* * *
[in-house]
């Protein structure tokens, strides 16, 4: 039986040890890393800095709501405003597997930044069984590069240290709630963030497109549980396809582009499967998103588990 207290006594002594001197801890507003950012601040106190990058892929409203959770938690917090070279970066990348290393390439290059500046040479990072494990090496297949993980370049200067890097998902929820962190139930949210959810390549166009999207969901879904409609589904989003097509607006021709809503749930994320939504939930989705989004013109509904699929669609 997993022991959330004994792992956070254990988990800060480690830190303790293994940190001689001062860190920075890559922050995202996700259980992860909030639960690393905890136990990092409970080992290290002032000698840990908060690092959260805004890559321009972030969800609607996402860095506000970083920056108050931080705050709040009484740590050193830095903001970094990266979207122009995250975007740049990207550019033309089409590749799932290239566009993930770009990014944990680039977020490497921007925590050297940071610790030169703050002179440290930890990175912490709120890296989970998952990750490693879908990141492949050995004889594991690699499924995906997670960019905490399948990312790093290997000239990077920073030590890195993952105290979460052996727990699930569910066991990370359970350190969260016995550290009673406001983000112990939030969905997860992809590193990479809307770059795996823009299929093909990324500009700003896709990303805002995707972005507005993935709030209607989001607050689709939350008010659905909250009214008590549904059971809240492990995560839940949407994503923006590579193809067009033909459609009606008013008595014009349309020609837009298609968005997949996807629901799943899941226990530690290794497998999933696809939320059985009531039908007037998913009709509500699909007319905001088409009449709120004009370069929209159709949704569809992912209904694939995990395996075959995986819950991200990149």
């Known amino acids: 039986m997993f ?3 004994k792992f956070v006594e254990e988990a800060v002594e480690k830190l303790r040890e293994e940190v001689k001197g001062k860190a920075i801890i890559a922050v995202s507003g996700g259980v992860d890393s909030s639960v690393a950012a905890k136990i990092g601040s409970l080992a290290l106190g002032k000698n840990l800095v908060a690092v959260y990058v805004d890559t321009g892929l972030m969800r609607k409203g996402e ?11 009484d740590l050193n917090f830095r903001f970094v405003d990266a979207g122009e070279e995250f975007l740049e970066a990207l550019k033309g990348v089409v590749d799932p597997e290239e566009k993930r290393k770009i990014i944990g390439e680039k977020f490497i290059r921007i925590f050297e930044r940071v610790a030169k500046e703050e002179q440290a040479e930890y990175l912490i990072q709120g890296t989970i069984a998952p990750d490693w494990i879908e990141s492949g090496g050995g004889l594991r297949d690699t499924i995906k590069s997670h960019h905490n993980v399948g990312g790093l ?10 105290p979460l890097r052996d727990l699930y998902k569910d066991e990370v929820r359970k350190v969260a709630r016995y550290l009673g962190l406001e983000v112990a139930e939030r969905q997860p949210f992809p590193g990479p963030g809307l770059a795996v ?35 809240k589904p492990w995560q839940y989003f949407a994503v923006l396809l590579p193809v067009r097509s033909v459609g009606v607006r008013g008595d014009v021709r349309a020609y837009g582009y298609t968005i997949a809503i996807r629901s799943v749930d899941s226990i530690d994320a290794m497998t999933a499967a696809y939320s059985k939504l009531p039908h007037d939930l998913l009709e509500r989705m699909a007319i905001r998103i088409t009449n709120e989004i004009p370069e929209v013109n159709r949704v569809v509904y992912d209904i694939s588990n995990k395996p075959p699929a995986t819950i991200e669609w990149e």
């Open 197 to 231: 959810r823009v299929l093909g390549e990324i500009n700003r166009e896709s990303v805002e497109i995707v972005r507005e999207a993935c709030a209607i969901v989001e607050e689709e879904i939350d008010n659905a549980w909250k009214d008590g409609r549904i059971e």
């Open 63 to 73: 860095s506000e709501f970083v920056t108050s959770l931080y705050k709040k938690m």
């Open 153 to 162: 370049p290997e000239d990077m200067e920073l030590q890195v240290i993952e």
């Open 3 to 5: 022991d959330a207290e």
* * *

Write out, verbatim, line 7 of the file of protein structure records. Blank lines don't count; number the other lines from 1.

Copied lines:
């Open 3 to 5: 022991d959330a207290e």